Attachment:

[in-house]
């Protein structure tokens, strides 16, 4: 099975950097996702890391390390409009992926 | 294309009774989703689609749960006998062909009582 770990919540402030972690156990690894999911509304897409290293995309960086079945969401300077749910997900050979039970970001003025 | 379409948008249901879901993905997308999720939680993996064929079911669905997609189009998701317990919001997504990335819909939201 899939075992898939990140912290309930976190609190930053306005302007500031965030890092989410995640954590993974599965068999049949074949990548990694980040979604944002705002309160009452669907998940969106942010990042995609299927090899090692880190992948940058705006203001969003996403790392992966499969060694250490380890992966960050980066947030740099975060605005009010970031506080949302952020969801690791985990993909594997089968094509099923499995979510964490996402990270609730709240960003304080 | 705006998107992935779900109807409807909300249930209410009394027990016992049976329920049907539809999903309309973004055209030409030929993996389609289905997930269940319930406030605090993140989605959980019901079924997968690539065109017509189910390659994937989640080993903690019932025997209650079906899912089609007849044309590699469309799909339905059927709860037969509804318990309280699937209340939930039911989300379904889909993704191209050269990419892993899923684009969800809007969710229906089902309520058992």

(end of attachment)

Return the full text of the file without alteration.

[in-house]
């Protein structure tokens, strides 16, 4: 099975950097996702890391390390409009992926 | 294309009774989703689609749960006998062909009582 770990919540402030972690156990690894999911509304897409290293995309960086079945969401300077749910997900050979039970970001003025 | 379409948008249901879901993905997308999720939680993996064929079911669905997609189009998701317990919001997504990335819909939201 899939075992898939990140912290309930976190609190930053306005302007500031965030890092989410995640954590993974599965068999049949074949990548990694980040979604944002705002309160009452669907998940969106942010990042995609299927090899090692880190992948940058705006203001969003996403790392992966499969060694250490380890992966960050980066947030740099975060605005009010970031506080949302952020969801690791985990993909594997089968094509099923499995979510964490996402990270609730709240960003304080 | 705006998107992935779900109807409807909300249930209410009394027990016992049976329920049907539809999903309309973004055209030409030929993996389609289905997930269940319930406030605090993140989605959980019901079924997968690539065109017509189910390659994937989640080993903690019932025997209650079906899912089609007849044309590699469309799909339905059927709860037969509804318990309280699937209340939930039911989300379904889909993704191209050269990419892993899923684009969800809007969710229906089902309520058992």